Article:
Don’t reduce one adipose of it, or else you will break my heart,
My fat woman, will you marry me?

Sunday, 10 June 2012

We Should Learn From Children

Yesterday, the 10th of June 2012, I sat at the Aga Khan Walk of Nairobi and watched children—and teenagers— skate. I have always loved skating. I remember being introduced by it by my cousin, Sammy Situma, in 2004. I remember, with nostalgia, how I first wore the roller blades and could not walk an inch because I was afraid of falling. But after a few days, I had learnt how to skate. Yesterday, watching children learn the ‘baby steps’ in skating was so enlightening and profound; enlightening because they are the little things we learn from children and profound because there are very important life lessons that these children taught me.


Children are enthusiastic and ready to learn. They wouldn’t mind stretching a hand for help.
Most of us don’t— unfortunately.

They will be keen to learn the ropes, to take that initiative, that step of faith.
For us, again, our feet are frozen in indecision.

And they will exude confidence if given the opportunity. This is the march of life. Just watch the determination and oomph on this little girl’s face. What about the purposefulness burning in her eyes?

And she knows, too, that a friend might fall sometimes and would need help. This is instinctive. Though she is still a learner and is “without resources”, she still has the willingness to help. She does not wait for the instructor to fix things. She does not look on helplessly. She just helps. Now, that is so profound.

But, sometimes, it happens that we don’t need to go it ourselves. She knows that too. It is as if she is whispering to her friend she is holding: ‘Friend, let us walk together. We might be learners but we need each other’. In life, we need friends. We are not lone rangers. We will walk with them in this life.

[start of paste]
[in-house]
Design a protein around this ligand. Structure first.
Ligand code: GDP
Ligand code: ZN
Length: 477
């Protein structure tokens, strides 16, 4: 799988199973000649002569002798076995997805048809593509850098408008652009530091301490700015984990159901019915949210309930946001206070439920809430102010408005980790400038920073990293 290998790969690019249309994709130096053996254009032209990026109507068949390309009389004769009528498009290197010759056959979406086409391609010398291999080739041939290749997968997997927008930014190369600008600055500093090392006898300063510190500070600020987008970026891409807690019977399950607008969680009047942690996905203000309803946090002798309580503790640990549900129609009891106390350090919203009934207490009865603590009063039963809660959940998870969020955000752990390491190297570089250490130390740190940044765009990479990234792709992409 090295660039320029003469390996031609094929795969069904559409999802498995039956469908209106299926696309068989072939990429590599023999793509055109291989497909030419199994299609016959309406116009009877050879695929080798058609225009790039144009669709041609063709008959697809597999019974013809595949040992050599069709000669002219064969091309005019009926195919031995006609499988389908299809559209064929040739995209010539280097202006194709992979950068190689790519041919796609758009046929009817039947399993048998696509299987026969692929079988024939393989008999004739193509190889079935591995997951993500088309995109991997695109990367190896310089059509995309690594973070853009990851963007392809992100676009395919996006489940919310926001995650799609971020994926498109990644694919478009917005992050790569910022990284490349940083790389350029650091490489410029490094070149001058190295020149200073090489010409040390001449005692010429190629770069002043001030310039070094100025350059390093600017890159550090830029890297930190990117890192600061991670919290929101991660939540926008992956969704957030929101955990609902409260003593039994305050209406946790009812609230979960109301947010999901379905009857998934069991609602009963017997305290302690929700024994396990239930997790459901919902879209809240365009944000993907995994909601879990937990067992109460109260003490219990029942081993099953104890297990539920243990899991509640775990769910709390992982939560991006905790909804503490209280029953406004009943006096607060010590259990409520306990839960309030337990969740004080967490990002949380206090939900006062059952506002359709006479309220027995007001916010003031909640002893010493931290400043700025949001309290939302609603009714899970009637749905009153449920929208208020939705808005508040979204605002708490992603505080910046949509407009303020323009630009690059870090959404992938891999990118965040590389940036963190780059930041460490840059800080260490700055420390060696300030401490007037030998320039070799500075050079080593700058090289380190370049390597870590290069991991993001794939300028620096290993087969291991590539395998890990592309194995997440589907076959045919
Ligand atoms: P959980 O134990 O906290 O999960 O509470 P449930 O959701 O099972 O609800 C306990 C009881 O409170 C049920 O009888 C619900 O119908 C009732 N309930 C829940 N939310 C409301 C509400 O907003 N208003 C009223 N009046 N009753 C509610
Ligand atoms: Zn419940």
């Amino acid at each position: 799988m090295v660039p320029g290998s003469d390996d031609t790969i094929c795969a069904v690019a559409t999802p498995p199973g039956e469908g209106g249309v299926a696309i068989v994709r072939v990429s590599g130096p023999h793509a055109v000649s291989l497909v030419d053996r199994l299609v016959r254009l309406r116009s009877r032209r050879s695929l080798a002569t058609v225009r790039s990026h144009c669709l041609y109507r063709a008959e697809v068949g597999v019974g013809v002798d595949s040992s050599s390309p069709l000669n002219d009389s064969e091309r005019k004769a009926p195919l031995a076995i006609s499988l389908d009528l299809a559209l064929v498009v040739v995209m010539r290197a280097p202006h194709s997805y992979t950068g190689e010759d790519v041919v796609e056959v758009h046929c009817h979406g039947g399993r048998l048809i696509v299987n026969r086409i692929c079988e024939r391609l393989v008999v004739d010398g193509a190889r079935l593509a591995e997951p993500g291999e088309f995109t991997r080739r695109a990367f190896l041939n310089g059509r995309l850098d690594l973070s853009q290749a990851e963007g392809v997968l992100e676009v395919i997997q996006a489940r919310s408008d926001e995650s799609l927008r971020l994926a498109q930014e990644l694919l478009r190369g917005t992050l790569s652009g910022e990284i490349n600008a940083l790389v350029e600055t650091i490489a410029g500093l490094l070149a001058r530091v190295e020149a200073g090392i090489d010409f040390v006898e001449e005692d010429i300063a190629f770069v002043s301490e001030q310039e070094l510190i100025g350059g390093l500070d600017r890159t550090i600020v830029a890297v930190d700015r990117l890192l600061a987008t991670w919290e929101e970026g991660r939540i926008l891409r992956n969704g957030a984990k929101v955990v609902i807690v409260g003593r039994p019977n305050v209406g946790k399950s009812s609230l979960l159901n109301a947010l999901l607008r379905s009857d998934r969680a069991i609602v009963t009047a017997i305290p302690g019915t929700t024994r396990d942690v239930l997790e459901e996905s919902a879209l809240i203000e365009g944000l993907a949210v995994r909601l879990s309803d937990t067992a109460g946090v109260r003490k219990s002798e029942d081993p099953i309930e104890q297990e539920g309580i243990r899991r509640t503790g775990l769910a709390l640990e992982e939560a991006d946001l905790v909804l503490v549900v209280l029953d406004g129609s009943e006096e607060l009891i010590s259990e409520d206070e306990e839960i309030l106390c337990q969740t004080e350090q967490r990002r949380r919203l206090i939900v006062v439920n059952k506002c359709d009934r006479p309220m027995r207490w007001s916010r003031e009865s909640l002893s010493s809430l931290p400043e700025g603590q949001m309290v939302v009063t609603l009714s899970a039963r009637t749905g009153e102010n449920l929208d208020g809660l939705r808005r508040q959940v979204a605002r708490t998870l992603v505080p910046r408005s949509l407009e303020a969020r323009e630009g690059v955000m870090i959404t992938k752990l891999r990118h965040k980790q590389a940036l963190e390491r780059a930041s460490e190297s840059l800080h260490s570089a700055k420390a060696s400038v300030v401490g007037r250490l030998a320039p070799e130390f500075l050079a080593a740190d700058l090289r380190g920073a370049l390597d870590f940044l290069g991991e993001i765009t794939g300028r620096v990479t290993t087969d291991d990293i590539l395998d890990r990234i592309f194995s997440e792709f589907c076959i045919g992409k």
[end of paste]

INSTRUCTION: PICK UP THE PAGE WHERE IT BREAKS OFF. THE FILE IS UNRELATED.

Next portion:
We need sometimes to pause and observe. We need rest. That way we help our bodies to re-energize and our minds to learn from others. If you come to think about it, life is not about uninterrupted actions but of intermittent breaks that helped us drive inspirations from our innermost selves and careful observation of what surrounds us.

But like humans we are, we fall. We are frail, transient.

We fall,

 again, again, again.

But, fellow pilgrims,

We know that every time we fall, we need to wake up. So, we firmly fix our palms on the tarmac, summon energy within ourselves and rise up. Yes, rise up. That is the spirit we have. We do that cheerfully.

And boy, what a cheer it brings to us when we are in control of things again. But at such times, we need a helping hand because though we might be down we are not out.

We admit that there would be uncertainties in life. We might not be sure what tomorrow holds or whether what we do today will add up to the philosophy we espouse in life. But we stand at this moment in time, all geared up sizing up life with glance of our eyes.

Then we do it, somehow, even if timidly so. But this life, if you come to think about it, fellow pilgrim, is all about timidity. Those who look at life as a butterfly are those who will not chase it away by swat of their arms. The brave and those who chest-thumped, while these attributes are great and laudable, could sometimes lose vital lessons in life of patience and humility.

We do it, our own way. There is no perfect formula in everything we do ourselves. Some are sharp and quick-witted. Others are slow. Some are loud. Others are reserved. We all learn how to do things in our own way. We are all unique.

If I pull your shirt, fellow pilgrim, don’t be offended. 

Sometimes I need to get my balance from you. You have been in this game for sometime now and though my pulling you back might hold you back for a moment, we all grow and become better skaters in this life.

You are our mentors. We are your protégés. We might be young and new in all this but we will be patient to learn from you— your moves, your instructions, your mild rebukes. We will take everything with the bigness of the heart.

And it is after a short while that we will roller-skate like the real pros. Such is life, fellow pilgrim, a skateboard. The spring in our feet and willingness to learn is what sets us apart. After a couple of false starts, much learning and enthusiasm, life rewards us.